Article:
How a Silicon Valley Tech Mogul Created Sundance's Most Bohemian Movie, Captain Fantastic
24 January 2016
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Sunday morning's Sundance screening of Captain Fantastic brought a few surprises before its standing ovation. The film stars Viggo Mortensen as an eccentric genius raising six children deep in the forests of the Pacific Northwest — rigorously disciplining them in matters of the mind, body, and sticking-it-to-the-man — before being forced to reintroduce his homegrown oddballs into society. Surprises range from the righteously unplugged family passing time by hunting animals by hand to Mortensen stumbling out of the family's hippie school bus one morning fully nude.
But perhaps the biggest shock of this ultimately heartwarming and offbeat family drama is that the creator of this universe — in which the characters eschew all manner of technology and modern convenience in favor of old-fashioned books and homemade goods—is none other than Silicon Valley's Matt Ross. You know, Hooli CEO Gavin Belson.
After the screening, Ross answered audience questions about the drama, which essentially rejects everything about his technology-based HBO series. "It is not autobiographical," the Juilliard-trained character actor deadpanned about the feature, though he "did live in a lot of alternative living situations" growing up.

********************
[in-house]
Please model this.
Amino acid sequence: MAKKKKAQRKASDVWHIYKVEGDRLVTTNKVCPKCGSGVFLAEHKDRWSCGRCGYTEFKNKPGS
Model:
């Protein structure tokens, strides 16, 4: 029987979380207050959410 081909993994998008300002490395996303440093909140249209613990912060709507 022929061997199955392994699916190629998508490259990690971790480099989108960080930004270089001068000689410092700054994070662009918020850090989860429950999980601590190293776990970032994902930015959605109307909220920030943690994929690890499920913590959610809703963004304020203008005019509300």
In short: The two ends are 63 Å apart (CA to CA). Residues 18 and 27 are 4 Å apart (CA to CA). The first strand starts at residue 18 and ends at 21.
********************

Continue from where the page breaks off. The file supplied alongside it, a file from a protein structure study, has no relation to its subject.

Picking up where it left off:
"My mom started a commune in Oregon and I lived in some in Southern California, mainly because it was the 80s," Ross said to audience laughs. "But [the film] was more inspired by me becoming a parent. I have two kids, and was wondering what kind of parent I want to be and how I want to raise my children in the United States today."
In an interview with Variety, Ross — who has appeared in American Horror Story, Big Love, and Good Night, and Good Luck — said that Mortensen's character was born out of his own parenting fantasies. "We all straddle our professional and personal lives," Ross said. "I fantasize about being able to devote my entire existence to my kids."
The film co-stars Frank Langella as Mortensen's disapproving father-in-law, who tries to strong-arm the family into a more conventional existence — a confrontation that ultimately leads to an especially poignant final act. The fact that the film calls on viewers to consider their own ideals is one of the reasons that Mortensen was drawn to the project.
"It was one of the best scripts I've ever read," the Oscar-nominated actor said during the post-screening Q&A. "I think it is one of those stories that makes you question everything... ideologically, spiritually. I love stories like that."
During the course of filming, Shree Crooks, who plays one of Mortensen's youngest children, revealed that the cast even went a little method during the approximately three months of filming. For example, Mortensen slept in the teepee where his character lives a few nights, and the actors restricted their cell-phone use. In fact, the experience was so great, the 10-year-old said, that, "After the movie, I made a plan for my life that when I grow older I will live in the woods."
Last edited: 13 May 2016 11:56:27
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